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The Colorado Avalanche: News from around the NHL - November 13th, 2013

James Guillory-USA TODAY Sports

Team Canada doesn't want to rule out Steven Stamkos just yet.

One day after the NHL's GM meetings, Team Canada's Olympic brain trust will meet Wednesday in Toronto to shorten its "list" for the 2014 Sochi Games. In addition to some already-difficult decisions, a new one popped up: What to do with Steven Stamkos?

The 23-year-old superstar is an unexpected question mark after Monday's awful tibia break that's sidelined him for an as yet undetermined period of time. Stamkos underwent what Tampa called successful surgery on Tuesday, and anyone with a soul roots for a magnificent comeback as quickly as possible.

But if Stamkos can't play, does this make room for Duchene?

Stamkos was considered part of that cast. The next step is digging to the next level of Olympic candidates.

Some young players who weren't around in 2010 have put together strong enough starts that they're in good shape now. Matt Duchene of the Colorado Avalanche (11 goals and eight assists in 17 games) and Logan Couture of the San Jose Sharks (seven and 10 in 17) have stood out.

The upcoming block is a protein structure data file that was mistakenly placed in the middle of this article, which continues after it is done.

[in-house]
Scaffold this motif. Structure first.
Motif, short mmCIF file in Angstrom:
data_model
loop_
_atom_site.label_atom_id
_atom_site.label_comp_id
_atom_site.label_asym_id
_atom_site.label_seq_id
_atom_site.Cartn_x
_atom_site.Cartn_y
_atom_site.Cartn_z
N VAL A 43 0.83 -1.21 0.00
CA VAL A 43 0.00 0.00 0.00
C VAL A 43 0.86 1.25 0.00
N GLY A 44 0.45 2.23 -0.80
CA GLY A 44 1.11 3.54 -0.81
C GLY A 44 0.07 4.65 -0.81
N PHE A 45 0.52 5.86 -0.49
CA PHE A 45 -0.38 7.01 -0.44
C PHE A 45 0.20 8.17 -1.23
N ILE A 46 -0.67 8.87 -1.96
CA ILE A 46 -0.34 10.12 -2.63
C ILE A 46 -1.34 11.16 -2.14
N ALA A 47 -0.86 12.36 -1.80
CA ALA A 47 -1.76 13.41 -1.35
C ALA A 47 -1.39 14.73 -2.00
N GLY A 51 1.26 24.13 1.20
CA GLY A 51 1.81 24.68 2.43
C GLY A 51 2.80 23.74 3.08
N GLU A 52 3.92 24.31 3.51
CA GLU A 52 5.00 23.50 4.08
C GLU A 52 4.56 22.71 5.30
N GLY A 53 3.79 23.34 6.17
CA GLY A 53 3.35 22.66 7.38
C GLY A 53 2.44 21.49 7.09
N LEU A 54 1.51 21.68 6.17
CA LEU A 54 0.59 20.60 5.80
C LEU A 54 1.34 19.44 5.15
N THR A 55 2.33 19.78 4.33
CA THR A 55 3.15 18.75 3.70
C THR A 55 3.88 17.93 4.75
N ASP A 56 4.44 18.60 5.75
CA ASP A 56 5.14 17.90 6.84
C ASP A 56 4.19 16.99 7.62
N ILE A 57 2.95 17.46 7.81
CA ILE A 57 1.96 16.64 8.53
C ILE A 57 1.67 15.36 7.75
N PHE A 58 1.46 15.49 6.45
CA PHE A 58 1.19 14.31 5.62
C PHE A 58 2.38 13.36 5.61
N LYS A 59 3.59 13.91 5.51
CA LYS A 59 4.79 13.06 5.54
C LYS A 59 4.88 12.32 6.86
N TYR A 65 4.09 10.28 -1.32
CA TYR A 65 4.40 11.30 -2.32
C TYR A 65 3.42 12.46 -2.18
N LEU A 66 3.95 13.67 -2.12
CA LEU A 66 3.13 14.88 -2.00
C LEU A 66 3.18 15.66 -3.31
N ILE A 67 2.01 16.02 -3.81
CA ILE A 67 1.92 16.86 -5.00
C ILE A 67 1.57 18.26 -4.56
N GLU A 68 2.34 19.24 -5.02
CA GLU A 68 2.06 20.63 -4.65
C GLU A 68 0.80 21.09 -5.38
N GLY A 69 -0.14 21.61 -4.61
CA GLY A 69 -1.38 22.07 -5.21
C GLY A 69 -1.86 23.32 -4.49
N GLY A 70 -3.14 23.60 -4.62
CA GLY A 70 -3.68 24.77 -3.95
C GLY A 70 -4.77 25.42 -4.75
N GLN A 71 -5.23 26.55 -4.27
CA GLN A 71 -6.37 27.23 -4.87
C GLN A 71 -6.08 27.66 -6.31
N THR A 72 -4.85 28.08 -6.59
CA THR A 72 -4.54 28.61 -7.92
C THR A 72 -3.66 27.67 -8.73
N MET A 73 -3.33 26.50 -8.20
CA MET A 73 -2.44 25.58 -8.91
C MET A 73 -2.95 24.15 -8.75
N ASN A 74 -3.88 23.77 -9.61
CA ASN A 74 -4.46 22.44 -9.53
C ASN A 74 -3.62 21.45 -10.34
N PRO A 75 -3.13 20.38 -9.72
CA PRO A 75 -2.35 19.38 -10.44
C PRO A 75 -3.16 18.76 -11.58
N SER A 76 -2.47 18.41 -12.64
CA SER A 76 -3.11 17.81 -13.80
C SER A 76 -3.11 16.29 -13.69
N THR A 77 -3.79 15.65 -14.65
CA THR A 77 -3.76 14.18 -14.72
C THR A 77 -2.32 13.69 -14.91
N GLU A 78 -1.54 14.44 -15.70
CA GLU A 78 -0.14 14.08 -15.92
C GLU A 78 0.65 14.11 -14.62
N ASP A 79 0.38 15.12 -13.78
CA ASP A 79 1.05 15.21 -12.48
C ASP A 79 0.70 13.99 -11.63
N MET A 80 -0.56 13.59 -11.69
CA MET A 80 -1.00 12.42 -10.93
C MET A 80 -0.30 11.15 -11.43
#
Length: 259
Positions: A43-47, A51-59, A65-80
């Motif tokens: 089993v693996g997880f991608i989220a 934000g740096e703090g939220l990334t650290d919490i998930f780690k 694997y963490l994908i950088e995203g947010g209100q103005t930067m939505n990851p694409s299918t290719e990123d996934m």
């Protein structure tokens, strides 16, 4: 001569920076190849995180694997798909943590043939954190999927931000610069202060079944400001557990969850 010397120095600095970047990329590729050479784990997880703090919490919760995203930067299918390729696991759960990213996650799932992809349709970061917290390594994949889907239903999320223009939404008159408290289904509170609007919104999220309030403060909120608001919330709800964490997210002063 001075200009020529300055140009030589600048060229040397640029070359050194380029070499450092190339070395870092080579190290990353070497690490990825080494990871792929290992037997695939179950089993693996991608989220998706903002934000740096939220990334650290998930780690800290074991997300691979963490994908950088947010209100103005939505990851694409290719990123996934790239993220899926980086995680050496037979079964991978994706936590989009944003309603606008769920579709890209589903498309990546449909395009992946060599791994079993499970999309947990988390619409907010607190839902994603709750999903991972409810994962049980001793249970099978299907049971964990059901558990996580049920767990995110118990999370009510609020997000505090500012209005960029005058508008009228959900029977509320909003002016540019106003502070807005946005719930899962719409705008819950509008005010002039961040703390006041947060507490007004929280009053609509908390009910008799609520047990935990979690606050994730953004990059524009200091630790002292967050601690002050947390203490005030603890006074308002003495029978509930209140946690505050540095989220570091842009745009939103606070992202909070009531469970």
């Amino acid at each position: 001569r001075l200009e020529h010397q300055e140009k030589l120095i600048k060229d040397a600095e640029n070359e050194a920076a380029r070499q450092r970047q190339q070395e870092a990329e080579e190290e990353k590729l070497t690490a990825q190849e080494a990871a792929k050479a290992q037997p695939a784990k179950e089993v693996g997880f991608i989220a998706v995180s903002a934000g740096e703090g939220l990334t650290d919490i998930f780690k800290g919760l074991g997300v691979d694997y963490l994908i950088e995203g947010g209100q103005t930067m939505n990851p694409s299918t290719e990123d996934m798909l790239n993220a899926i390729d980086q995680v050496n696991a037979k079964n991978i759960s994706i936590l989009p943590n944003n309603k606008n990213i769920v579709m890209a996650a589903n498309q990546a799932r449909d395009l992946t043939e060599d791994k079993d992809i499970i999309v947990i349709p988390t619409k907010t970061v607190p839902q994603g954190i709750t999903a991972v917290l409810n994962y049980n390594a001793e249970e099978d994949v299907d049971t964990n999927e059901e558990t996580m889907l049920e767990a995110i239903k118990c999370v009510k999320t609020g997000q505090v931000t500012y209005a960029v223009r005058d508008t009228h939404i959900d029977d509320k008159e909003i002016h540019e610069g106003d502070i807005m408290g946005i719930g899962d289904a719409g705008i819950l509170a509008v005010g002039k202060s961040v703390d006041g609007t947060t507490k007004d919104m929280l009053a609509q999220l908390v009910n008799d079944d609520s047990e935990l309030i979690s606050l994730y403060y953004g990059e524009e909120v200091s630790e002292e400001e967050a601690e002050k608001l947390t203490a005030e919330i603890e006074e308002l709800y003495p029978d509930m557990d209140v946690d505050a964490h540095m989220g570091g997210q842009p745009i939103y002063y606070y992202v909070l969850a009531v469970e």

"You can't ignore some of the younger players who have played extremely well," Yzerman said. "You cannot ignore some of the younger players that, they've always been on the radar, we've always been watching them. Well, there's starting to be a couple of them, probably, we can't leave off the team."

Brian Burke has a strict no-bullying policy in his lockerrooms.

“We already have a no-hazing policy,” said Burke, who was hired by the Flames in September. “I mean when I was a rookie in the American [Hockey] League, I got shaved, I got initiated and all that stuff. I’ve seen that happen to a lot of guys and I thought it was really stupid at the time. So we’ve never allowed hazing on any of my teams, even when I was an assistant GM back in ’87 with Pat Quinn [in Vancouver].

“No rookie initiations, no shaving, no physical abuse whatsoever. One of the forms of abuse [elsewhere] is to make the rookies [pay] a huge tab for a rookie dinner, where it costs them 15 to 20 grand. We have a cap of $5,000 on the rookie dinner. No rookie can pay more than $5,000. There’s no physical abuse, no racial abuse, no homophobic abuse. So I’m not worried about having that situation on our team.”